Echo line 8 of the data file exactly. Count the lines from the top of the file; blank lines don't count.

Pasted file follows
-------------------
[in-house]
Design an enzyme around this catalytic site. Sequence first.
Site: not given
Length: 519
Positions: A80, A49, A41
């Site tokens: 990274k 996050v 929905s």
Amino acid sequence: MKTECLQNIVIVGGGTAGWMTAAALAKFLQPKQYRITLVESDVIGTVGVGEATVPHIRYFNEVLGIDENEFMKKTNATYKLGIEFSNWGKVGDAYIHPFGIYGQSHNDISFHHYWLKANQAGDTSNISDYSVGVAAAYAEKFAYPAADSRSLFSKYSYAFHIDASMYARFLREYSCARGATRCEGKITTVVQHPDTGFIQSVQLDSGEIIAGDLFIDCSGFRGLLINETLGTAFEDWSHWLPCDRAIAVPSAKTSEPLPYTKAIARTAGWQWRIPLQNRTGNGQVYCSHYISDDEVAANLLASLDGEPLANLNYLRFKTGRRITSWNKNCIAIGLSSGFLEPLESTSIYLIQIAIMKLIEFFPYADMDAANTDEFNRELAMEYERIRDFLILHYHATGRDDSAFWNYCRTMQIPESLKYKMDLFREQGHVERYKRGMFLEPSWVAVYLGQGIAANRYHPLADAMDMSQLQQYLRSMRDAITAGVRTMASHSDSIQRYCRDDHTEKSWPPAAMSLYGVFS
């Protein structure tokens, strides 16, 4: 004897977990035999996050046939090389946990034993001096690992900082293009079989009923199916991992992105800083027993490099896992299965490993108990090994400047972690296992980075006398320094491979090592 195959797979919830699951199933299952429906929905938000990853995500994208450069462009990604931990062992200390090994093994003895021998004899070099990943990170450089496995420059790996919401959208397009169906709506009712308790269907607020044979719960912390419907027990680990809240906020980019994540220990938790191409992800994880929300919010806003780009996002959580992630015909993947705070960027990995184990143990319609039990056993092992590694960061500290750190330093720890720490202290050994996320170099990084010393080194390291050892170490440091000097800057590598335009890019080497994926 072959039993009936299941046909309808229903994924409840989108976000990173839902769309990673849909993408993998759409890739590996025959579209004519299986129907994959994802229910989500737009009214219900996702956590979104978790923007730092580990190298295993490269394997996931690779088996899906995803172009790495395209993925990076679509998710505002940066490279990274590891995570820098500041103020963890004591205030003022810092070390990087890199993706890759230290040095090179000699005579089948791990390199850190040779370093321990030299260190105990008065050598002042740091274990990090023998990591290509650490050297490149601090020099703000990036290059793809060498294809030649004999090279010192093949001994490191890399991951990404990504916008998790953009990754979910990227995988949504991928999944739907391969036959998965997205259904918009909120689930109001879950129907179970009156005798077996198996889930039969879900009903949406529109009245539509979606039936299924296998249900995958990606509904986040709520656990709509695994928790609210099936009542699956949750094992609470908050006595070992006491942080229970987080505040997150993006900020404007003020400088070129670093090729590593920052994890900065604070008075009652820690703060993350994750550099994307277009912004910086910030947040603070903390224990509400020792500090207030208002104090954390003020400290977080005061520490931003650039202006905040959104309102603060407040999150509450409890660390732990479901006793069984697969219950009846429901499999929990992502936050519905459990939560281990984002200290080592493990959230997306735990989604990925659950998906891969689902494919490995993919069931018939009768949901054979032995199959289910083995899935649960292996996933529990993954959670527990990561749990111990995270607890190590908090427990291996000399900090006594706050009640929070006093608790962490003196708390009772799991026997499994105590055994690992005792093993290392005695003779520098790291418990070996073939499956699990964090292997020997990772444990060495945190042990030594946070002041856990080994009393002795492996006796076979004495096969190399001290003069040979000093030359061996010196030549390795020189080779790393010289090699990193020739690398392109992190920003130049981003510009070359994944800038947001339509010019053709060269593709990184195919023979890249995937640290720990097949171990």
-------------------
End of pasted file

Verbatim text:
């Protein structure tokens, strides 16, 4: 004897977990035999996050046939090389946990034993001096690992900082293009079989009923199916991992992105800083027993490099896992299965490993108990090994400047972690296992980075006398320094491979090592 195959797979919830699951199933299952429906929905938000990853995500994208450069462009990604931990062992200390090994093994003895021998004899070099990943990170450089496995420059790996919401959208397009169906709506009712308790269907607020044979719960912390419907027990680990809240906020980019994540220990938790191409992800994880929300919010806003780009996002959580992630015909993947705070960027990995184990143990319609039990056993092992590694960061500290750190330093720890720490202290050994996320170099990084010393080194390291050892170490440091000097800057590598335009890019080497994926 072959039993009936299941046909309808229903994924409840989108976000990173839902769309990673849909993408993998759409890739590996025959579209004519299986129907994959994802229910989500737009009214219900996702956590979104978790923007730092580990190298295993490269394997996931690779088996899906995803172009790495395209993925990076679509998710505002940066490279990274590891995570820098500041103020963890004591205030003022810092070390990087890199993706890759230290040095090179000699005579089948791990390199850190040779370093321990030299260190105990008065050598002042740091274990990090023998990591290509650490050297490149601090020099703000990036290059793809060498294809030649004999090279010192093949001994490191890399991951990404990504916008998790953009990754979910990227995988949504991928999944739907391969036959998965997205259904918009909120689930109001879950129907179970009156005798077996198996889930039969879900009903949406529109009245539509979606039936299924296998249900995958990606509904986040709520656990709509695994928790609210099936009542699956949750094992609470908050006595070992006491942080229970987080505040997150993006900020404007003020400088070129670093090729590593920052994890900065604070008075009652820690703060993350994750550099994307277009912004910086910030947040603070903390224990509400020792500090207030208002104090954390003020400290977080005061520490931003650039202006905040959104309102603060407040999150509450409890660390732990479901006793069984697969219950009846429901499999929990992502936050519905459990939560281990984002200290080592493990959230997306735990989604990925659950998906891969689902494919490995993919069931018939009768949901054979032995199959289910083995899935649960292996996933529990993954959670527990990561749990111990995270607890190590908090427990291996000399900090006594706050009640929070006093608790962490003196708390009772799991026997499994105590055994690992005792093993290392005695003779520098790291418990070996073939499956699990964090292997020997990772444990060495945190042990030594946070002041856990080994009393002795492996006796076979004495096969190399001290003069040979000093030359061996010196030549390795020189080779790393010289090699990193020739690398392109992190920003130049981003510009070359994944800038947001339509010019053709060269593709990184195919023979890249995937640290720990097949171990």